So I think we can be definitive here: the BLS may not be right about the exact price level or the exact change of the mythical consumption basket. But CPI is not, cannot be, dramatically wrong the way that ShadowStats claims that it is. Eighth grade math proves it.

[1] Sources for 1981 prices: car, gallon of milk, bread from Rent, dishwasher, gallon of gas, median home price from McDonald’s hamburger from Private 4y college tuition from First-class stamp, dozen eggs from  

[2] Sources for 2021 prices: cars: Rent: Dishwasher (installed): Burger (delivered!): I checked UberEats in NJ. Stamp: USPS. Gallon of gas: Eggs, milk, and bread: Wal-mart online. Median home price: Tuition (2020-21 school year):  

Categories: Uncategorized

ALL Inflation is Transitory

May 20, 2021 5 comments

The Federal Reserve has recently started to use the word “transitory” when describing inflation pressures in the U.S. economy. What they’re trying to indicate is that we shouldn’t worry, the pressures we are seeing right now will eventually pass. But that’s stupid. All inflation is transitory.

The word “transitory” is meaningless, unless you tell me what you’re transiting from, where you’re transiting to, and how long it will take. When I say that the lunar eclipse is transitory, I can define exactly what I mean: the entirety of the disk will be obscured for x amount of time at this particular terrestrial location. But in inflation, saying it is “transitory” is just a weasel word. The inflation of the 1970s was transitory. It was just a long transit.

From what level do you mean it’s transitory? Inflation has been above zero for seventy years, core inflation for another decade longer than that. Maybe that’s transitory, but we just haven’t finished the transit yet. Presumably, the Fed isn’t saying inflation will go back to zero…maybe they mean it will go back to 2% on core? Or perhaps they mean the average of the last few years, well below that? Unclear. So as usual, the Fed is getting the wrong answers because they’re asking the wrong questions.

Maybe what they mean is that “these price changes we are seeing are all the results of supply and demand imbalances in nominal space, so they’ll all reach equilibrium and inflation will go away.” If that’s so, then (a) they’re probably wrong, (b) that’s what inflation looks like anyway; it doesn’t manifest as smooth price changes across all goods at the same time, and (c) you still haven’t told me over what period it will take for this equilibrium to occur. Suppose it takes 5 years, and the average price change over that time is 5%. Does that mean it was transitory? Absolutely. Does that mean we should ignore it in that case? Absolutely not! A 25% change in the price level over five years would mean significant adjustments in product, service, and asset markets; significant volatility in operations of all sorts of businesses that have made long-term bets on inflation (insurance companies with long-tailed lines, e.g.); and significant changes in expectations and consumer behaviors.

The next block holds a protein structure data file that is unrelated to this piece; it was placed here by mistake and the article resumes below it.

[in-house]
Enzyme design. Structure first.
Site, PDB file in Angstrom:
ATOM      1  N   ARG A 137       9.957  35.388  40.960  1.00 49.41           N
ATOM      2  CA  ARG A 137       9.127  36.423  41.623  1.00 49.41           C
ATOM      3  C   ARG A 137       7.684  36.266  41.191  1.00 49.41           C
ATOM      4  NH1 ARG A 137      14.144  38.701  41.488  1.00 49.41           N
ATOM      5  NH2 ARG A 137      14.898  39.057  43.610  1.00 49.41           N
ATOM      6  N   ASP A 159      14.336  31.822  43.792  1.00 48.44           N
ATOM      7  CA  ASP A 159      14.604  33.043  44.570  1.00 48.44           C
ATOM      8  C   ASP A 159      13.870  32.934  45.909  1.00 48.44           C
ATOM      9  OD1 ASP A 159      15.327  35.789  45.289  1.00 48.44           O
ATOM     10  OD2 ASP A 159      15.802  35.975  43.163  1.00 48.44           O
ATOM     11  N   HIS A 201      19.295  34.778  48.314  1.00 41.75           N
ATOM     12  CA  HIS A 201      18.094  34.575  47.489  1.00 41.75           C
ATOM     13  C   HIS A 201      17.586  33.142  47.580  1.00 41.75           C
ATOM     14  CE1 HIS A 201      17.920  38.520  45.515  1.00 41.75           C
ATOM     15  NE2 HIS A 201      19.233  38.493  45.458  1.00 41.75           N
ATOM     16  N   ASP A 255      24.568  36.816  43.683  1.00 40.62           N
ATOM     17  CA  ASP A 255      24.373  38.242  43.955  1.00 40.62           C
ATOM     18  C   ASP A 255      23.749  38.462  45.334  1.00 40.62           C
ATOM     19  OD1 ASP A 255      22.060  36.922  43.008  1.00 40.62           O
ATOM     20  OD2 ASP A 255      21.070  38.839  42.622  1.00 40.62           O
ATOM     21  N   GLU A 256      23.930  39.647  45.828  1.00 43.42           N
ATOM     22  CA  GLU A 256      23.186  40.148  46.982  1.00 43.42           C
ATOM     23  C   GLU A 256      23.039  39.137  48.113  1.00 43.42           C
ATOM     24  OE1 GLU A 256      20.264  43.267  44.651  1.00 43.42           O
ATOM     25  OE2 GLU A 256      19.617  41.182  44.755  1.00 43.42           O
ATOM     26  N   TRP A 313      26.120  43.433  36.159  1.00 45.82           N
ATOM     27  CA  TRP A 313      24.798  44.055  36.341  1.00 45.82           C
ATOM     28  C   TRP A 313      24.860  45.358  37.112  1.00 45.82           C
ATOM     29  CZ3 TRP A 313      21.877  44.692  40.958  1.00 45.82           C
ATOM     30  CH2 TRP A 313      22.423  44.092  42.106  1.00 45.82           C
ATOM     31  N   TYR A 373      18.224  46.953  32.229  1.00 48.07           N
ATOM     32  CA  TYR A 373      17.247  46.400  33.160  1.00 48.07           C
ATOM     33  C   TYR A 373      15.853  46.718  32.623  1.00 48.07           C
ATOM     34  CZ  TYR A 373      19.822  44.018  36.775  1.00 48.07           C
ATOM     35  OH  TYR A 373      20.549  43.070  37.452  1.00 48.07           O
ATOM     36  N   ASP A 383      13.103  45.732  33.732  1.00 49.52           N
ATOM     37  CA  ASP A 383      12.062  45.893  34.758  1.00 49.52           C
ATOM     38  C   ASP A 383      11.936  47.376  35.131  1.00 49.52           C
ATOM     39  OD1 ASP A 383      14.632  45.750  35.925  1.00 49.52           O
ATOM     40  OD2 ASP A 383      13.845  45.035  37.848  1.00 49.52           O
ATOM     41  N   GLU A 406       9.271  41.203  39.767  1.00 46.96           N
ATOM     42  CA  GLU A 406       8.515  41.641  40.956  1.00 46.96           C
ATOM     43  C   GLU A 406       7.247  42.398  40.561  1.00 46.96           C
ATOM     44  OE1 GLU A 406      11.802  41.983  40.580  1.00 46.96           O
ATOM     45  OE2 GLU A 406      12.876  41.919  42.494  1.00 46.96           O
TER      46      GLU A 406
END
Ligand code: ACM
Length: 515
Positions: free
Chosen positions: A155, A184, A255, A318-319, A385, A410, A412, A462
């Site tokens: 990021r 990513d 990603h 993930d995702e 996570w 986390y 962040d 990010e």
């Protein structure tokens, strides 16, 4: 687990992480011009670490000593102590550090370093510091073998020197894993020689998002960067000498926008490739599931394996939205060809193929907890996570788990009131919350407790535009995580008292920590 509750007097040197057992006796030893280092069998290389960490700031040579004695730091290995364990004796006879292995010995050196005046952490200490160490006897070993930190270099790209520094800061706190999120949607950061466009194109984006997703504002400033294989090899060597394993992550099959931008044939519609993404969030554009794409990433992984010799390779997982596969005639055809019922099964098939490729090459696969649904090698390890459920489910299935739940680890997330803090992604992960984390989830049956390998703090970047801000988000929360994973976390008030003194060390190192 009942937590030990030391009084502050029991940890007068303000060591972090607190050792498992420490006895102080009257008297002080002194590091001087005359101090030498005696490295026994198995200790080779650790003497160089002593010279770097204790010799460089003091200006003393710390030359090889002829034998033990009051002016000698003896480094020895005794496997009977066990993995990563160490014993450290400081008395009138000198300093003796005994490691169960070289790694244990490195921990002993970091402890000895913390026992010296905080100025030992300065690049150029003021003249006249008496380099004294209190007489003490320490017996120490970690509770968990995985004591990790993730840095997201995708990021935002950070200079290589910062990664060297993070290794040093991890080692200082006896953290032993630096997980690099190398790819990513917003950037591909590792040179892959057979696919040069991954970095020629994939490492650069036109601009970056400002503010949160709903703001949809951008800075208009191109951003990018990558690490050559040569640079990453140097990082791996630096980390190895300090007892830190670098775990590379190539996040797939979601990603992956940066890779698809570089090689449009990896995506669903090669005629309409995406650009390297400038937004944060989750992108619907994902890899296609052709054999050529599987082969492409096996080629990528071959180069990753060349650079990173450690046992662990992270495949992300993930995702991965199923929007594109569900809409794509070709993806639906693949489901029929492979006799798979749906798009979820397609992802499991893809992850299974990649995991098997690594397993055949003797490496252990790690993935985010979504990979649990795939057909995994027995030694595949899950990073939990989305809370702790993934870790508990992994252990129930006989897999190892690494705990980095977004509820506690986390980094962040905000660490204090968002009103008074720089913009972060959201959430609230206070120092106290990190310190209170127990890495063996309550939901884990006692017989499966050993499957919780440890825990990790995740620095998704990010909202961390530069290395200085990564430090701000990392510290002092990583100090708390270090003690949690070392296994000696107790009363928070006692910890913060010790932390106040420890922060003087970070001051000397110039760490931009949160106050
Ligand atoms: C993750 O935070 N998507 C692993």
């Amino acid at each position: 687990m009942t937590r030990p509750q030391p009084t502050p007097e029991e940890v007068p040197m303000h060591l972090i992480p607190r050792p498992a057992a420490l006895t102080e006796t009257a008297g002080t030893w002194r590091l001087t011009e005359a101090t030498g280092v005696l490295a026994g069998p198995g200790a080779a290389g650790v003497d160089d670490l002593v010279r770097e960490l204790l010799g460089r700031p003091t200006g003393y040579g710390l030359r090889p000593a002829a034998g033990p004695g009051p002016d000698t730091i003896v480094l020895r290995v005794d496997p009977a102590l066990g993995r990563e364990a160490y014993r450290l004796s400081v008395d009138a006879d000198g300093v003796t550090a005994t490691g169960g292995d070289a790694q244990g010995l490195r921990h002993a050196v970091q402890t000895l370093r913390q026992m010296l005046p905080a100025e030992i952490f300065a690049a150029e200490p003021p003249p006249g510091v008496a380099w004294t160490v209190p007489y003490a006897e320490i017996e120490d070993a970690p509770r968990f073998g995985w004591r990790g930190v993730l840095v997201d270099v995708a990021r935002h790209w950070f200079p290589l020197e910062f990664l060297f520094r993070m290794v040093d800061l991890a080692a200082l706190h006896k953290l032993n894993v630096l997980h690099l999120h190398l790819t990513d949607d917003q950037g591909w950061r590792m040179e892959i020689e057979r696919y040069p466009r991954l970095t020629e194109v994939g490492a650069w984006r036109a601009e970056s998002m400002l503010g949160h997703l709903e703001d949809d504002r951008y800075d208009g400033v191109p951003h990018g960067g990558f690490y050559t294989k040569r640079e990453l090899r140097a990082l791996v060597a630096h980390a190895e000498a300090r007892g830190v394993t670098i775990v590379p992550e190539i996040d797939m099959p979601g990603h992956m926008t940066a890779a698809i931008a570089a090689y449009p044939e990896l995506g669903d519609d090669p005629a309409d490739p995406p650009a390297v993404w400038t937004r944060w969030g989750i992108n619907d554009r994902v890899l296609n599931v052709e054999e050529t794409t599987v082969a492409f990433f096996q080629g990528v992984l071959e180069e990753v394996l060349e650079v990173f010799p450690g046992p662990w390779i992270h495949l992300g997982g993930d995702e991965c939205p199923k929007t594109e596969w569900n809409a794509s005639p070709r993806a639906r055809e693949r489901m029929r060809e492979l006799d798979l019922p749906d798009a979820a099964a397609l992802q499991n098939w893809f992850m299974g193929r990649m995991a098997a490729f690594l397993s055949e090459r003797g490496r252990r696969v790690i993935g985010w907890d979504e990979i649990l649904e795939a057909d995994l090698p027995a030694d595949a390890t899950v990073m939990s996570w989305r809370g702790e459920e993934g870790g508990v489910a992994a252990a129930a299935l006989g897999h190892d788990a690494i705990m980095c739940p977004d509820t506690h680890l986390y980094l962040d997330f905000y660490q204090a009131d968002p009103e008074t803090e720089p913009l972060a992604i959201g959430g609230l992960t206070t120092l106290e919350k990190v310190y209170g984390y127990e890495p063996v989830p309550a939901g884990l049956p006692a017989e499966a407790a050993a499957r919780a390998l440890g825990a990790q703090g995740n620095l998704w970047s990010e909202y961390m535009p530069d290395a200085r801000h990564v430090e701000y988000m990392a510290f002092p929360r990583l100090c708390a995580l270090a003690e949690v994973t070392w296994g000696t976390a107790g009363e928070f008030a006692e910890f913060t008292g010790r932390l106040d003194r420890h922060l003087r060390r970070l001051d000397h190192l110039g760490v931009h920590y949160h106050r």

If what they mean is “there is no general underlying process of inflation that will push all prices higher in synchronicity, so prices will eventually go back to flip-flopping around with some average tilt higher (say, 2% just to choose a number)” then the hypothesis is theoretical, and more importantly unfalsifiable.

If they mean something specific, such as “core inflation will average 3% for two years and then go back to 2%,” then they should say so. But they won’t, and you know why? They haven’t the faintest idea how long it will take, or how high it will get. And they didn’t see it coming in the first place, after all. And anyway, now that they are using “average inflation targeting” (with no stated target, at no stated distance) they don’t really care. What they do care about is that we all believe that these price changes are “transitory,” because then we won’t panic or slip the anchor of our inflation expectations.

Of course inflation will come back down again. In my view, it will come down in 2022, but from a significantly higher level than we are at; the subsequent low will probably not be below the Fed’s target, and the next high will be alarming to them. Because I think they can stomach almost any level of inflation as long as they believe it’s a semi-permanent high. If it’s just a local maximum, that will concern them. But notice, we’re talking about half a decade from now. Or, maybe it’s sooner. Heck, I don’t have to have the time frame nailed down – I’m not the one claiming it’s “transitory.”